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I love that you can climb all over the temples. They have only shut down a couple of them, due to people falling to their death. I try not to take it for granted that here we have freedom, whereas in N America there's no way we could do this. It would be all roped off due to fear of being sued.




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The stone says that in 2010 John Cusack will star in a bad film about the Apocalypse



By 12:30 we're getting beat and the full tourist onslaught is in effect. At one point, Jay and I are on top of temple IV and we are quietly taking in the amazing vista. In the distance, you can hear a Howler doing his amazing roar. About 40 tourists show up, all laughing and yelling at each other, drowning out the sounds of the jungle and shattering the peace of the place. I don't know if it's just me, but I enjoy quietly taking in the grandeur of the place. We leave.

On the way out we run into our Norwegian friends and hike together back to the bikes and a good lunch at the Jaguar Inn. Here you can pitch a tent, stay overnight and be the first ones into the site at 6am. I would highly recommend going this route and being there when the jungle comes alive. Next time.

The way home is all sunshine and great riding, passing a lot of vehicles and dodging piglets and horses on the way. Back in Flores we stop for a cheap snack at a place called Cool Beans and run into a fellow Canuck, Matt from Quebec. He had a bad run in with a mob in Nicaragua. They got it in their heads that Matt was some kind of foreign drug dealer and were out for blood. A kind-hearted minster interjected and saved his life by giving him refuge in his church. Matt decided to turn home and abandon his trip to Argentina. The whole lynching thing kinda turned him off. He now rides with a giant duct-tape cross on his windshield.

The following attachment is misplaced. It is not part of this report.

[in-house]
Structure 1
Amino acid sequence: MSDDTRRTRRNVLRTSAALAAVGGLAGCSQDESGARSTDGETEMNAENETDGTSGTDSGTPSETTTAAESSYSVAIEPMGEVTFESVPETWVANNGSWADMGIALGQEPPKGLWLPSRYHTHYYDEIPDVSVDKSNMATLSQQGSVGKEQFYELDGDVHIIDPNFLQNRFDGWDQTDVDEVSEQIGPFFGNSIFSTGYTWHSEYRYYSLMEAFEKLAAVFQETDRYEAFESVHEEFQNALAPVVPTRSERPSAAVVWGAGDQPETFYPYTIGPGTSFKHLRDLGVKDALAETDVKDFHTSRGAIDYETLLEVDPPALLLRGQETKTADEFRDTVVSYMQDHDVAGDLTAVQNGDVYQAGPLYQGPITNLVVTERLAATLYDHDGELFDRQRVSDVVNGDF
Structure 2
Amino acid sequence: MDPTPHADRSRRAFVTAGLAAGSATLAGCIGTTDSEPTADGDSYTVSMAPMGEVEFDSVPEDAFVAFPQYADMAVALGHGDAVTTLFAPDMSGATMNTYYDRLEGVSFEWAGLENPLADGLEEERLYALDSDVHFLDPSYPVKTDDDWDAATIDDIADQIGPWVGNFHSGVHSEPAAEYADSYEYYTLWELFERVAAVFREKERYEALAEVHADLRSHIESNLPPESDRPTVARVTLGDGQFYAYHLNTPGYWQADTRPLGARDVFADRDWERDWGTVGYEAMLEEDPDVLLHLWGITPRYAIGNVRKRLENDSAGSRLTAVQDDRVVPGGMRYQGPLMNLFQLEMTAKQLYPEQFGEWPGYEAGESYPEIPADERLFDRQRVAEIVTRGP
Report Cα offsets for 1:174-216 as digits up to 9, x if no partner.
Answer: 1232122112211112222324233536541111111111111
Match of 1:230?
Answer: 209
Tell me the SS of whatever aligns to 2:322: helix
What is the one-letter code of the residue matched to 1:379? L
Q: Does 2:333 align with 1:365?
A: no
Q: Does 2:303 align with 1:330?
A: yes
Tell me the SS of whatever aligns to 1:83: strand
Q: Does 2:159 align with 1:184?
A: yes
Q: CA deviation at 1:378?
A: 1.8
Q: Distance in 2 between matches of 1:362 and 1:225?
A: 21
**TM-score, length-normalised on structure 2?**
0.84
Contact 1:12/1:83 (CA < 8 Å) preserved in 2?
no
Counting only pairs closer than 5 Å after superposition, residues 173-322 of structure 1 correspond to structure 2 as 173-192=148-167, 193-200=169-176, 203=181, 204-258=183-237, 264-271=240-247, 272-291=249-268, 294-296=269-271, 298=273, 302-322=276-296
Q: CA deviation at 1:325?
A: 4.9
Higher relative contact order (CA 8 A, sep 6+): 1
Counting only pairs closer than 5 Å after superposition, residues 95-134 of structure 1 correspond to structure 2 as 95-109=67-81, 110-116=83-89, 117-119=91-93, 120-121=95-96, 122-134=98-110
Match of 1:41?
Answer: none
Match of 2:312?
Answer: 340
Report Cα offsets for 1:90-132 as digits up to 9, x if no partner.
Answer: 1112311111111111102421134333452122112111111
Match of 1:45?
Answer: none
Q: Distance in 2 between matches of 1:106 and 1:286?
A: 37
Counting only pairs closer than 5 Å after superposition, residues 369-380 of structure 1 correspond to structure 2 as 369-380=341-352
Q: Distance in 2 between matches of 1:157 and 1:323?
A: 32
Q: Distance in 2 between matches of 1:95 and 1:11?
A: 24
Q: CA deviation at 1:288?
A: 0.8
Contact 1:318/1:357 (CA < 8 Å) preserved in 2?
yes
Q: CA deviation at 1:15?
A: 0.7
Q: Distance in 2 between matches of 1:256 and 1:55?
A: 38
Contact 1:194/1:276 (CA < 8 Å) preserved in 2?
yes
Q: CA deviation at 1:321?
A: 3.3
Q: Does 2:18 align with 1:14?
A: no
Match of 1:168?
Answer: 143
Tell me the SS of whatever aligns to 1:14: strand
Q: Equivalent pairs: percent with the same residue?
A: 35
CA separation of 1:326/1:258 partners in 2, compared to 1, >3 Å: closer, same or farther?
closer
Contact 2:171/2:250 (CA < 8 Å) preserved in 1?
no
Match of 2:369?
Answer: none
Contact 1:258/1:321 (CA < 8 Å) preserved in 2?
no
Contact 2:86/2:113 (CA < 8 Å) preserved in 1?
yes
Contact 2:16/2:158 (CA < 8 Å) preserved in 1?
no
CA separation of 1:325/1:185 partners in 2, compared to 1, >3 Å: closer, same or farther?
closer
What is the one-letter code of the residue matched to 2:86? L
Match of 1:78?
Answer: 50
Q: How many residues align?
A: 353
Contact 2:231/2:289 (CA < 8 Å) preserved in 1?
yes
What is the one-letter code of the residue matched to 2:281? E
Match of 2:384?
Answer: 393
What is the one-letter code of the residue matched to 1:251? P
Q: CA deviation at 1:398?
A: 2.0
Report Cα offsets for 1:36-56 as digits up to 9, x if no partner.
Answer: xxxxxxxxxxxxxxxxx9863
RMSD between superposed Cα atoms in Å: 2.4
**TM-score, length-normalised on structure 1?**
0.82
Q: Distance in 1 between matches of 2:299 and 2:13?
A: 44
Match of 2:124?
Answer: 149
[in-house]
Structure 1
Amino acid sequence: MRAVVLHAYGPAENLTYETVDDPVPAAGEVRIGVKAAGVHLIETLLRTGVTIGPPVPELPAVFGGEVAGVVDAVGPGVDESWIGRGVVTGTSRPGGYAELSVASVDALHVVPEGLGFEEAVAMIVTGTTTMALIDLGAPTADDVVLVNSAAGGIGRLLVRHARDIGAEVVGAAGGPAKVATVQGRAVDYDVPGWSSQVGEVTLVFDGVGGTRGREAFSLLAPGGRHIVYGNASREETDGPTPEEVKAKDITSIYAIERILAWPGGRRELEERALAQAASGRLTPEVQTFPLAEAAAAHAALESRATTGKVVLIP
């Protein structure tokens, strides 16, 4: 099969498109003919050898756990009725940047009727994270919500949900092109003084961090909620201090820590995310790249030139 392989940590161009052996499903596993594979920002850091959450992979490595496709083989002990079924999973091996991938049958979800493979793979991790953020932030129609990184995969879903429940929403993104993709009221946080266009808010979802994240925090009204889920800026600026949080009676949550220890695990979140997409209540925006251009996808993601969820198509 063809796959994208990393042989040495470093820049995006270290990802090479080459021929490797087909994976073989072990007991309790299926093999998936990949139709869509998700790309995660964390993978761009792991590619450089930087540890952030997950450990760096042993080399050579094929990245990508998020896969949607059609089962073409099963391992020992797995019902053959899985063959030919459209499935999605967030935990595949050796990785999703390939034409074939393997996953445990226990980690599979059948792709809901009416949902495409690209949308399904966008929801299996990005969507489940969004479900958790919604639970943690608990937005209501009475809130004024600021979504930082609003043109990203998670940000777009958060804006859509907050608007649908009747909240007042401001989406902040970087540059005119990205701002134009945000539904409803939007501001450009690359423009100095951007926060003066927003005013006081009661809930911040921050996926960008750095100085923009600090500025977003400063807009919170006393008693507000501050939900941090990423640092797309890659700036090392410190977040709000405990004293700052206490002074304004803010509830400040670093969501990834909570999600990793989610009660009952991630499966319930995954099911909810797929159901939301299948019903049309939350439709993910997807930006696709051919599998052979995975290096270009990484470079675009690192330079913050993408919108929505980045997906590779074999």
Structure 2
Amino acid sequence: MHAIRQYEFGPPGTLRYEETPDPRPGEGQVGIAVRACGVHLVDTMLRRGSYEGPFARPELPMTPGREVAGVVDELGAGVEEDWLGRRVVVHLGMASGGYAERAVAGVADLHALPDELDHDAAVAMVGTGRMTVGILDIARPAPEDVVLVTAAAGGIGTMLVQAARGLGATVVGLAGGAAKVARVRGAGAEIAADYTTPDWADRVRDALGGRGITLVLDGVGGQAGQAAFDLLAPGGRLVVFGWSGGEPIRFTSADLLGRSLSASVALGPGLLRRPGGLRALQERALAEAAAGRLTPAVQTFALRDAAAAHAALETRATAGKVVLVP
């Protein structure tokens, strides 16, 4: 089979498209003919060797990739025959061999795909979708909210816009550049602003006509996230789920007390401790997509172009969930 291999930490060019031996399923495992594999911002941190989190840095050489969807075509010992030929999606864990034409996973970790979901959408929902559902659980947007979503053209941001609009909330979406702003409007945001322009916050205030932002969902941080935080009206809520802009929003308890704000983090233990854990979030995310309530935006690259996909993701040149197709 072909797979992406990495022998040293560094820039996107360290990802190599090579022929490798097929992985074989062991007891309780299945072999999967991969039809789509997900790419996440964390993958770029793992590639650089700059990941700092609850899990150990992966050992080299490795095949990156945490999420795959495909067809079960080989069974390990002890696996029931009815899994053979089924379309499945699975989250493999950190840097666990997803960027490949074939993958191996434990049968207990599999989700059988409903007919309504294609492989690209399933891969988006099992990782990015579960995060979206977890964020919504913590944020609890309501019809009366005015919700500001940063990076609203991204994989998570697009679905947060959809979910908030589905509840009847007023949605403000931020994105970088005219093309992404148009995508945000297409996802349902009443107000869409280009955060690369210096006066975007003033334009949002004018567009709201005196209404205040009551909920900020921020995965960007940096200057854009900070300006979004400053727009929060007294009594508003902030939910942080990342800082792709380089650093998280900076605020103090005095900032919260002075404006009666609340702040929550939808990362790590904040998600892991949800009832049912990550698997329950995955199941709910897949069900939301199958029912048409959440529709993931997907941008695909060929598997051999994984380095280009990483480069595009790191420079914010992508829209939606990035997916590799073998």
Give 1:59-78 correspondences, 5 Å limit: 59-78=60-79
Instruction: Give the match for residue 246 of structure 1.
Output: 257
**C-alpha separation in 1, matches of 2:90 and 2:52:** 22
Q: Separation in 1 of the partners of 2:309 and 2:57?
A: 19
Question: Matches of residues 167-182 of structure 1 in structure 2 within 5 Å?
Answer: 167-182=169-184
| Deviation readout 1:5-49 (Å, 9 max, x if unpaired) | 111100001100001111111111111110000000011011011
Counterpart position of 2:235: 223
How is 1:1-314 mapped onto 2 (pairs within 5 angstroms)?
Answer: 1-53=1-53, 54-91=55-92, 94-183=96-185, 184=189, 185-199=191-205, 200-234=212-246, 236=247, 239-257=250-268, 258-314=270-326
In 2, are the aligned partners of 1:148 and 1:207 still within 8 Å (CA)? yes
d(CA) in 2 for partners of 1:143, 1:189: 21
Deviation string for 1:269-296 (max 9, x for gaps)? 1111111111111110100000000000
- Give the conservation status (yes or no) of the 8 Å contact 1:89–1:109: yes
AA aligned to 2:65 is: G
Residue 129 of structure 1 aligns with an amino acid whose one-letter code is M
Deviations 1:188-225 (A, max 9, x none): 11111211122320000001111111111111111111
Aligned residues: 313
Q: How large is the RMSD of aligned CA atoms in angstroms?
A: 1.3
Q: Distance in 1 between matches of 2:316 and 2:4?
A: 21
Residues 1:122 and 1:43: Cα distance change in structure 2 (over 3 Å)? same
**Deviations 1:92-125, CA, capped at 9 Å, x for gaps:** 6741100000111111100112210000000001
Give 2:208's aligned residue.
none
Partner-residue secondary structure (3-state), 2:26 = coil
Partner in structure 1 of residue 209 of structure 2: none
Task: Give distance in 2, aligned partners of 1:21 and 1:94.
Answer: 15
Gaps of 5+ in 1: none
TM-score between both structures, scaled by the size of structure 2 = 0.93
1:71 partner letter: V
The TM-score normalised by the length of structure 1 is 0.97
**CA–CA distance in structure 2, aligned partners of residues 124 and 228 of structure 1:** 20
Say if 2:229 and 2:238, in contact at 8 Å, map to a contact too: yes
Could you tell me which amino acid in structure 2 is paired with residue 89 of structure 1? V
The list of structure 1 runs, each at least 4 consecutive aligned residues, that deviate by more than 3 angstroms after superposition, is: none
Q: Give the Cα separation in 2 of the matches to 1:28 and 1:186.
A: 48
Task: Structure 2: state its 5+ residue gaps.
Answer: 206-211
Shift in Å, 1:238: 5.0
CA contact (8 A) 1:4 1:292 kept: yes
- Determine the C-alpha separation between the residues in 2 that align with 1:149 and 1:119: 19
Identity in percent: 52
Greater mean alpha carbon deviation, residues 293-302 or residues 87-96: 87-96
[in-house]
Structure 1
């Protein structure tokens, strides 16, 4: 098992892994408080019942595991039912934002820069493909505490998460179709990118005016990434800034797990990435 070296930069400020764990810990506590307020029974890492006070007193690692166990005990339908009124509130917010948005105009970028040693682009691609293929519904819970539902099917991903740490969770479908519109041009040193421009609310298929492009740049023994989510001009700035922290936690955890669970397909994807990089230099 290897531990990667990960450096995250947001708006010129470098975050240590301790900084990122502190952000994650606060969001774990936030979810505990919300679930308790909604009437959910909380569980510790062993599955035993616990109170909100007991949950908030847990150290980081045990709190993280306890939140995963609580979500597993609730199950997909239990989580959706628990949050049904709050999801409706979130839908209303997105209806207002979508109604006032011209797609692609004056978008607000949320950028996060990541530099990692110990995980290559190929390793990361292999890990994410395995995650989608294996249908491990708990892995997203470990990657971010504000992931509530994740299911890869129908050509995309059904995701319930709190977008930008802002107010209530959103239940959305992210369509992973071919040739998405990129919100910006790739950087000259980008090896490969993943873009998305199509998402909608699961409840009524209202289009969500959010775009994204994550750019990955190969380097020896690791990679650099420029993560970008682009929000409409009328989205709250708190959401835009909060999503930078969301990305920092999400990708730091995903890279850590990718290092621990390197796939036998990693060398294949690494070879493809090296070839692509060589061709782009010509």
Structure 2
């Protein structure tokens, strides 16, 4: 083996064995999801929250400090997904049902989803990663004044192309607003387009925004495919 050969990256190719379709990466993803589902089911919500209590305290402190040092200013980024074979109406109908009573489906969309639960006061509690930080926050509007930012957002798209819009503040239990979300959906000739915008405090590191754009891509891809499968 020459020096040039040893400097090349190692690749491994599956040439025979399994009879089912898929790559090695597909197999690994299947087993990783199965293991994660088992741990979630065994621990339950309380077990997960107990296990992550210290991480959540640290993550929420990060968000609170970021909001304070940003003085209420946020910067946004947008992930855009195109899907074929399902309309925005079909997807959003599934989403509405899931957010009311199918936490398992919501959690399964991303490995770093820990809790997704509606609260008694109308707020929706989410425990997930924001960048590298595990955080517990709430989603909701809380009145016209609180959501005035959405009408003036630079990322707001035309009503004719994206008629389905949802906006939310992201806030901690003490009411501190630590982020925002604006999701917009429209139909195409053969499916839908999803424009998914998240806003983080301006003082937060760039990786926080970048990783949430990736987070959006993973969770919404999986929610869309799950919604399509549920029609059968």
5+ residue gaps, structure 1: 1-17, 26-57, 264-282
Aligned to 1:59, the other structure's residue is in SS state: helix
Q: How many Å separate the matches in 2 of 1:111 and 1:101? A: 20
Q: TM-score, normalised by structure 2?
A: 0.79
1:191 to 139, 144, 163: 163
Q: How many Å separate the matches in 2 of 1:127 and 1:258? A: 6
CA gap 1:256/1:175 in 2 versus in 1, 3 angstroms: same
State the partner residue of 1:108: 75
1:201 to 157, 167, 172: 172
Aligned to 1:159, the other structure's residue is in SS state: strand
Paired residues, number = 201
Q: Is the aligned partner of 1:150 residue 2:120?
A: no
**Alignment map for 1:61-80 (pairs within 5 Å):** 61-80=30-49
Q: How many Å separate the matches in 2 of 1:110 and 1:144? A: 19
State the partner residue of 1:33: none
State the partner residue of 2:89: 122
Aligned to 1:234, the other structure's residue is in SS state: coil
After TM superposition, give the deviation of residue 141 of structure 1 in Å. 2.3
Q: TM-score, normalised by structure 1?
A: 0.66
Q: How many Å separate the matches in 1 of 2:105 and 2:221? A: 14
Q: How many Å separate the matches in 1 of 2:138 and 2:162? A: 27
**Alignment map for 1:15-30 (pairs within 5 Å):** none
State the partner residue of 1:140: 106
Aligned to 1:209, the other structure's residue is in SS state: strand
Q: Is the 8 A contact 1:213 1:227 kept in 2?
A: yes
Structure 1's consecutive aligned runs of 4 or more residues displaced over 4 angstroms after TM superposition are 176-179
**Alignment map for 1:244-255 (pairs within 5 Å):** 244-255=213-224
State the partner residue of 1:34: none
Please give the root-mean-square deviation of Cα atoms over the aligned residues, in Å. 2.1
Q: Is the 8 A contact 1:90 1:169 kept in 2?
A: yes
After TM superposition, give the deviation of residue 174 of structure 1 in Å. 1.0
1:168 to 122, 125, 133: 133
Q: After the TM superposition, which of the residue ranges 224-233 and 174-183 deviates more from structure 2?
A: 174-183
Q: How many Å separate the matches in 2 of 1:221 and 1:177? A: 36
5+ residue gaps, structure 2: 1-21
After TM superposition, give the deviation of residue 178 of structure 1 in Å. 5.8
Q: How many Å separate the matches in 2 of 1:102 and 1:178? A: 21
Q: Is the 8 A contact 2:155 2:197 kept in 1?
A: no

We wander the seawall and catch the sunset before returning to Cool Beans for a full dinner with 6 beers between us for a whopping $200Q. I get in a quick chat with Megs and send off an email to Glen Heggstad. hoping to meet up with him in Mazatlan.

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Old 03-15-2010, 10:03 AM   #58
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Not only have I really enjoyed your trip report, it has also shifted my opinion about the opportunities in Belize. My wife had wanted to plan a trip there recently, and I have to admit that my ignorance allowed me to dismiss the idea. Many thanks for the entertainment and education you have provided. I look forward to reading more.
Thank you SledgED, you just made my day.
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Old 03-17-2010, 09:27 AM   #59
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Day 30 - Flores to Semuc Champuey.

Up and B-fast at the super friendly cafe across the street. On the road by 8:00. We are trying to find Libertad and the start of Hwy 5. With our vague paper maps and lack of mapsource on my GPS, I have no idea if we went the right way, but we find Hwy 5 South.